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I'm sorry if the title is misleading however I did not know how to ask the question in a better way.

At work I had to install windows on a machine that had debian. I has three partitions one for root, one for home and one for swap. In order to make space for windows I wanted to reduce the size of the partition for home (from 950 Gb to about 650 Gb where only 150 Gb were occupied). I had done this a bunch of times before and did not have any problems (was using a GParted Live CD). However the resizing got stuck and after an hour (it had never taken more than maybe 15 minutes in any other machines with the same sizes) I stopped the process.

Needless to say Debian booted and could not mount the home (which is understandable). I ran the command fsck -y /dev/sda6 (as asked by the OS) and it stayed for good long while saying that there were multiple references to inodes and wheather I wanted to clone them (the -y option was to say yes to all). Each of these question was for a specific file (I could see the indivual names for pdfs, codes and such) in the machine. After it was done, I rebooted the system, Debian started perfectly, however there was no data in the home. I thought that It was attempting to recover the data. I was clearly wrong.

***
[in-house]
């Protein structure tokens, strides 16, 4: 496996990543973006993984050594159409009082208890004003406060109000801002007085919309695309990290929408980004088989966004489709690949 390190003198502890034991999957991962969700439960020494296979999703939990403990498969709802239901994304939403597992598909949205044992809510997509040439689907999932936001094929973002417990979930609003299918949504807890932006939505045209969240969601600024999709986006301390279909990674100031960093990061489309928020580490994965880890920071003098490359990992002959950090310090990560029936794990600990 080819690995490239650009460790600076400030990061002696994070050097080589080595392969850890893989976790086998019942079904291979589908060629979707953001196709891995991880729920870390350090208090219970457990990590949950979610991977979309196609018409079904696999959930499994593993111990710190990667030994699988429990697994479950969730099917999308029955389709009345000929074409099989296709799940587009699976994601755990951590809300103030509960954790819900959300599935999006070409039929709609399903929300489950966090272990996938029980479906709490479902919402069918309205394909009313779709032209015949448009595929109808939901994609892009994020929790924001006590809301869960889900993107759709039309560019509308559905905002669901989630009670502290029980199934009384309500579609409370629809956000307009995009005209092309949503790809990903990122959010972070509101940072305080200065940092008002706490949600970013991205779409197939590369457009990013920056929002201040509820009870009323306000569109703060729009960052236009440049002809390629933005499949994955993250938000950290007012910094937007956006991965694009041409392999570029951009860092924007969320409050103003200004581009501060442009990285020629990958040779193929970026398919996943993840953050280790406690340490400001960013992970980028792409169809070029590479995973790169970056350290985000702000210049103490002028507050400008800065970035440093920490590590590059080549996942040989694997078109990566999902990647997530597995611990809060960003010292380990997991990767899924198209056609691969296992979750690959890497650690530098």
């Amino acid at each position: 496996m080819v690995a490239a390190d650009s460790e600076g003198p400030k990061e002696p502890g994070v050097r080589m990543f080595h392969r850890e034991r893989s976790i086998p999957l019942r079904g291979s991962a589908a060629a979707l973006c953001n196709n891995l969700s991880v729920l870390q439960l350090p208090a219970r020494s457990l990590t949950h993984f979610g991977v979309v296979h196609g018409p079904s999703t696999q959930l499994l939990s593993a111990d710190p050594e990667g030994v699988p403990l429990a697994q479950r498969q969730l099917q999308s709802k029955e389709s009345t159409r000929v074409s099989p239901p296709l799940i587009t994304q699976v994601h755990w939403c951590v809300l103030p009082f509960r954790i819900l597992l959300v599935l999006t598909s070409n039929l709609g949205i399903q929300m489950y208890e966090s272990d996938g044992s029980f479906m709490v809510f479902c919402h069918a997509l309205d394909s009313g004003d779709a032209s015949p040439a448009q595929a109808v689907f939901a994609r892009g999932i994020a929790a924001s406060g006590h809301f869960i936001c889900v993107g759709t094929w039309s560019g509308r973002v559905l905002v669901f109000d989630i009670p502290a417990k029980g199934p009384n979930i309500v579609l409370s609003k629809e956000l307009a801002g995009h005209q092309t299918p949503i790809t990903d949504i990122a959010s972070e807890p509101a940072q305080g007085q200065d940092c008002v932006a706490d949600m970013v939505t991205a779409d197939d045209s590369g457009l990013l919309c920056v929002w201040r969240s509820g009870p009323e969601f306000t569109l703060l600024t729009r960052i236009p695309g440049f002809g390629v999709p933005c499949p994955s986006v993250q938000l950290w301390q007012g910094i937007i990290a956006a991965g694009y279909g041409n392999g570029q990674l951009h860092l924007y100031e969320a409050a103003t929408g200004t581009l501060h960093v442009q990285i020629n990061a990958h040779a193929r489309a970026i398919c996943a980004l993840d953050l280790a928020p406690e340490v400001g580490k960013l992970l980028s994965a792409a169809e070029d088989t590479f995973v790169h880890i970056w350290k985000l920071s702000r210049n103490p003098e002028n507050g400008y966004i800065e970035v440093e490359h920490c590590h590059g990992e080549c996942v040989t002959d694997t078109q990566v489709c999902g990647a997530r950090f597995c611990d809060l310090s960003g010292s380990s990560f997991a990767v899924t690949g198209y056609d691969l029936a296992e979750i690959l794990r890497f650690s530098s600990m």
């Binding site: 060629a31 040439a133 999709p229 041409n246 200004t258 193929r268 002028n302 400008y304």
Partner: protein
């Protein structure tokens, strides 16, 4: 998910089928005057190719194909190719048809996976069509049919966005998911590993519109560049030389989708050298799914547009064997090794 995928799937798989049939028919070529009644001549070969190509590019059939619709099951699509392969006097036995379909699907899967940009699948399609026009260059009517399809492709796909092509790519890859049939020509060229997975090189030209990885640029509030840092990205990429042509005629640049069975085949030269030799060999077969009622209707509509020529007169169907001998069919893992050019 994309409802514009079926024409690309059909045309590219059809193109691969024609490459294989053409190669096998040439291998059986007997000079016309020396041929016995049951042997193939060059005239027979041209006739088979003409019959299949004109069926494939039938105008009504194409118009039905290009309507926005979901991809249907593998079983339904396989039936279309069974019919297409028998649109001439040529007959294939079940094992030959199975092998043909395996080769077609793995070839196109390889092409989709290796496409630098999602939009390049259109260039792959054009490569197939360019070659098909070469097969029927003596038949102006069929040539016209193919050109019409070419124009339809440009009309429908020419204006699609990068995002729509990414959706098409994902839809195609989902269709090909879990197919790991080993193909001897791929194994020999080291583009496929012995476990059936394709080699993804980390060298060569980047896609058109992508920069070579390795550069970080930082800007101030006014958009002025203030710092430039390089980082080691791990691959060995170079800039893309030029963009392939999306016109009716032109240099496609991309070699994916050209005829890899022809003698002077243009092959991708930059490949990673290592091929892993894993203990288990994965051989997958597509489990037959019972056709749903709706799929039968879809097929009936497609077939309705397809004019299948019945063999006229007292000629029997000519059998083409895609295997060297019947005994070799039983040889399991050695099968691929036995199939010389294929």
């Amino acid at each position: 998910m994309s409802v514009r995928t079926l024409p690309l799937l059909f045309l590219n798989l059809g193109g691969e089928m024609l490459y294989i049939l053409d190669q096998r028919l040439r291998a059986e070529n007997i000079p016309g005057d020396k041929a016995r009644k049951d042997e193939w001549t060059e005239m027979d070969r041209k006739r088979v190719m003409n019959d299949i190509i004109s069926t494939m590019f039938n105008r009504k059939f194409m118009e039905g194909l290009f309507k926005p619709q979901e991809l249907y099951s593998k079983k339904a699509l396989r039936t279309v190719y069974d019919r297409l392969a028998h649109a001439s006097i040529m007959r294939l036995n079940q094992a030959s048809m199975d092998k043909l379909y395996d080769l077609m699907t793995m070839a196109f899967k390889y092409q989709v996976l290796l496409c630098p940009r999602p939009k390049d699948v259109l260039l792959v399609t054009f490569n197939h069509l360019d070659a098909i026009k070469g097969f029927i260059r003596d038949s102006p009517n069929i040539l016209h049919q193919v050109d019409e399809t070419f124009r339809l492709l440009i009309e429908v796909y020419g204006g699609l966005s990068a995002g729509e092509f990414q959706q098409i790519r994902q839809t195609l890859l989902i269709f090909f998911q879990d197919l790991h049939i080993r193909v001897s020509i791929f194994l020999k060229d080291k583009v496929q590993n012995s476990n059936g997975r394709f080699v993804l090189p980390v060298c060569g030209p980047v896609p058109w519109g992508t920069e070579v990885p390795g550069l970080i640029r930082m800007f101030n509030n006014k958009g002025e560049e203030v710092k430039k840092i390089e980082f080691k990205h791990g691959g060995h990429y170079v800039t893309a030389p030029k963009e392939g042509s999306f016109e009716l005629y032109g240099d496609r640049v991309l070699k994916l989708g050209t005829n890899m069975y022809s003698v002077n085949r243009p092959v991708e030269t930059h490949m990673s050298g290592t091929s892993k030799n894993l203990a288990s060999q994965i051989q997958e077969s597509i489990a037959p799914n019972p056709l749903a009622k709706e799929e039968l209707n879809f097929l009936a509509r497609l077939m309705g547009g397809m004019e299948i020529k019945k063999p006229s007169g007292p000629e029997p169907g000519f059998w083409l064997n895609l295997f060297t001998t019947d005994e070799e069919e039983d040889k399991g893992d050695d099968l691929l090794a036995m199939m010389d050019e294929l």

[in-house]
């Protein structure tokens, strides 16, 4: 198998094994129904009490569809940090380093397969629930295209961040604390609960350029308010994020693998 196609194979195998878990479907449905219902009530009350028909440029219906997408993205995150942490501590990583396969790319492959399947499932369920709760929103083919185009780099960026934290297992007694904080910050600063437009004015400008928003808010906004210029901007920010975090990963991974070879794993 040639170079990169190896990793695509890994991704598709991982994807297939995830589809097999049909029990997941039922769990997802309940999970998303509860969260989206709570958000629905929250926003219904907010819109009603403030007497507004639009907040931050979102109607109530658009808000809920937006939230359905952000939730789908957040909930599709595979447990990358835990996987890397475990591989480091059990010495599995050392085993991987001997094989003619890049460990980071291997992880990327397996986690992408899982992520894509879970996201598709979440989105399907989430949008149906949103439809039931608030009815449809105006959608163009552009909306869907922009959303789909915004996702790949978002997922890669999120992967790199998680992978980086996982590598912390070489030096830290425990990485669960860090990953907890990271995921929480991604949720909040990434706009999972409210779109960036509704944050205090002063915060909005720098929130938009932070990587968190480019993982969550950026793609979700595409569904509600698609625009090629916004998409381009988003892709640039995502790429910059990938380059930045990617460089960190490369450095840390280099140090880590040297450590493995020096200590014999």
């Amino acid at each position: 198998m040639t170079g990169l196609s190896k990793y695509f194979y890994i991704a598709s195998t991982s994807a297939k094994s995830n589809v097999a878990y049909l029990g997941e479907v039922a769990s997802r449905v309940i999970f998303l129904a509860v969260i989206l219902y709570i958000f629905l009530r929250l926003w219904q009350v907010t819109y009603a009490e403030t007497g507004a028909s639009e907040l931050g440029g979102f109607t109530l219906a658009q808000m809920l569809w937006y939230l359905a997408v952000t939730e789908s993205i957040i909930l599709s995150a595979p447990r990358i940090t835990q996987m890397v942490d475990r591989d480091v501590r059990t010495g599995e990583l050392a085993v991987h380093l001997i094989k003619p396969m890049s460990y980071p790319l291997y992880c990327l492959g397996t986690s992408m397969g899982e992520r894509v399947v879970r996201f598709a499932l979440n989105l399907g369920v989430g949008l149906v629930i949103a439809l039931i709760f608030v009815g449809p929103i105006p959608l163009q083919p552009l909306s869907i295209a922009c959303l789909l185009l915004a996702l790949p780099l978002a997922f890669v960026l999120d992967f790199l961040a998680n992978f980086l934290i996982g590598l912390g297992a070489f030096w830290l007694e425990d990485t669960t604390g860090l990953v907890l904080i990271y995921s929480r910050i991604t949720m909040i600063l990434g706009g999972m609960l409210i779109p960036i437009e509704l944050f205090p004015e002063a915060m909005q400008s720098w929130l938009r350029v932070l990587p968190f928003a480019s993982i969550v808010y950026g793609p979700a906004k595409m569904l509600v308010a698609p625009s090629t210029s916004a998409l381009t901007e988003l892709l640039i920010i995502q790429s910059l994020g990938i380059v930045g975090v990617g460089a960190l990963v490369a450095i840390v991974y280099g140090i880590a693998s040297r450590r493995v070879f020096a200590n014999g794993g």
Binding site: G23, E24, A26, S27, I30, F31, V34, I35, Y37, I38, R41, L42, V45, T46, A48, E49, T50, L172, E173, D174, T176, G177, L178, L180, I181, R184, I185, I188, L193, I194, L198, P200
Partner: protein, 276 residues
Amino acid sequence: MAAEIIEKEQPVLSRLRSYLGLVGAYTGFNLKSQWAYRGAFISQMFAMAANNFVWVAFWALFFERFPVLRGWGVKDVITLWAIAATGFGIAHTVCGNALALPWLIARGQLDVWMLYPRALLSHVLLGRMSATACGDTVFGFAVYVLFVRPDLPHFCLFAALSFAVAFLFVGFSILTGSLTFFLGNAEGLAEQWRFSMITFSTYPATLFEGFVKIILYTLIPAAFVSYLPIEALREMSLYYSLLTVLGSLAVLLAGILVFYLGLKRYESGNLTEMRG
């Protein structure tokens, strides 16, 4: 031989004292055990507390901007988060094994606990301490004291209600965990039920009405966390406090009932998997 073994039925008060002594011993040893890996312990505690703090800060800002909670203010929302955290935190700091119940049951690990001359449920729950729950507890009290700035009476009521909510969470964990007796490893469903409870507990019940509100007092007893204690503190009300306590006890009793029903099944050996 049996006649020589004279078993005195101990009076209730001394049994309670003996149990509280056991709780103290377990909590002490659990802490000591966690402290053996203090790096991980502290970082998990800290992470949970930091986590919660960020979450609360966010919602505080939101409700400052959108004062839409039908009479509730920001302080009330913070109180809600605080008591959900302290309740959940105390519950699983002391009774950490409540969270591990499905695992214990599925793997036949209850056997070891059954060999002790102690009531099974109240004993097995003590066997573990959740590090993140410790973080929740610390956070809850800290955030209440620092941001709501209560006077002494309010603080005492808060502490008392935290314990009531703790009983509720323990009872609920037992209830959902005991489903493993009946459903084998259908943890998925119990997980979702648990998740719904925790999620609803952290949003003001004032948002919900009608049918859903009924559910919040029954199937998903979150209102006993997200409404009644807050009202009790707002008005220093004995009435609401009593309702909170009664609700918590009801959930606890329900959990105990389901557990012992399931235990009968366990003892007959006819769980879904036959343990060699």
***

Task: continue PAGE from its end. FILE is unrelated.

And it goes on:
Can any one tell me what happened? Are all the files lost? If so, what where all those question about cloning the data??

  • Is there anything in /home/lost+found? – MadHatter Mar 17 '15 at 11:33
  • Yes!! It was full of folders and files with name format #HUGE_NUMBER which I suspect was the INODE number. There might still yet be something salvagable. Thank you. – aarelovich Mar 17 '15 at 11:57
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Firstly, in aborting a file system shrinking half-way through you have probably unrecoverably roached the file system; that is, you won't get it back as it was.

Secondly, the fsck seems to have reconnected a bunch of valid-but-disconnected inodes under /home/lost+found, and you're going to go through this directory hoping to find important files.

The lessons to learn from this are firstly, to fsck a file system before resizing it, especially if shrinking it. Secondly, not to interrupt a FS resize. And thirdly, your backup strategy is unfit-for-purpose, and needs a major overhaul.

  • The reason I stopped the resizing was becacuase the processed had hang. No cpu nor HDD usage. I've never talked a backup strategy because there was none. Otherwise I would not have bothered to ask the question. Thank you anyways. – aarelovich Mar 18 '15 at 15:18

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